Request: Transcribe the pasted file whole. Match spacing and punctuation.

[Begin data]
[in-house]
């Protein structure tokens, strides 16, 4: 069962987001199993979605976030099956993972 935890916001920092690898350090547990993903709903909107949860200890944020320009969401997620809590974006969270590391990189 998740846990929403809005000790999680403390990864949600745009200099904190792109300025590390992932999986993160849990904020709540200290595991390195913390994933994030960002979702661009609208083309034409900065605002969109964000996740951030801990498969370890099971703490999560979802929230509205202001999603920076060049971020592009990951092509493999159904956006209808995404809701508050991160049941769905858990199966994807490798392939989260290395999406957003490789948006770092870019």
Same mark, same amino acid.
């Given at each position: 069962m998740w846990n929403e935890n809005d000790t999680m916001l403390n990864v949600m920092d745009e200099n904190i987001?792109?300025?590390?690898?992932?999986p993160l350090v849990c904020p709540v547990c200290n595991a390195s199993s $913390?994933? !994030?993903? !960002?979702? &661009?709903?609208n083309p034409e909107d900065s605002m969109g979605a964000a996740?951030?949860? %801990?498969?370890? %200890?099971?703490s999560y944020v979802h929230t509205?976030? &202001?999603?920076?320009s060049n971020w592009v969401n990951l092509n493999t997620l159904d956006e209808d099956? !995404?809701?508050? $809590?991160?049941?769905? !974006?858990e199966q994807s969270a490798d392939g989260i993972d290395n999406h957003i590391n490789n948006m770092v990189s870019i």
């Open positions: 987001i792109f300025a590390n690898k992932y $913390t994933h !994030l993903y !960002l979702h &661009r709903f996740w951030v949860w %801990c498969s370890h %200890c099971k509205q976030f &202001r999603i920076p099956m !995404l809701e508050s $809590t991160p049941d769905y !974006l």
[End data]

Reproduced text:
[in-house]
């Protein structure tokens, strides 16, 4: 069962987001199993979605976030099956993972 935890916001920092690898350090547990993903709903909107949860200890944020320009969401997620809590974006969270590391990189 998740846990929403809005000790999680403390990864949600745009200099904190792109300025590390992932999986993160849990904020709540200290595991390195913390994933994030960002979702661009609208083309034409900065605002969109964000996740951030801990498969370890099971703490999560979802929230509205202001999603920076060049971020592009990951092509493999159904956006209808995404809701508050991160049941769905858990199966994807490798392939989260290395999406957003490789948006770092870019």
Same mark, same amino acid.
């Given at each position: 069962m998740w846990n929403e935890n809005d000790t999680m916001l403390n990864v949600m920092d745009e200099n904190i987001?792109?300025?590390?690898?992932?999986p993160l350090v849990c904020p709540v547990c200290n595991a390195s199993s $913390?994933? !994030?993903? !960002?979702? &661009?709903?609208n083309p034409e909107d900065s605002m969109g979605a964000a996740?951030?949860? %801990?498969?370890? %200890?099971?703490s999560y944020v979802h929230t509205?976030? &202001?999603?920076?320009s060049n971020w592009v969401n990951l092509n493999t997620l159904d956006e209808d099956? !995404?809701?508050? $809590?991160?049941?769905? !974006?858990e199966q994807s969270a490798d392939g989260i993972d290395n999406h957003i590391n490789n948006m770092v990189s870019i």
């Open positions: 987001i792109f300025a590390n690898k992932y $913390t994933h !994030l993903y !960002l979702h &661009r709903f996740w951030v949860w %801990c498969s370890h %200890c099971k509205q976030f &202001r999603i920076p099956m !995404l809701e508050s $809590t991160p049941d769905y !974006l």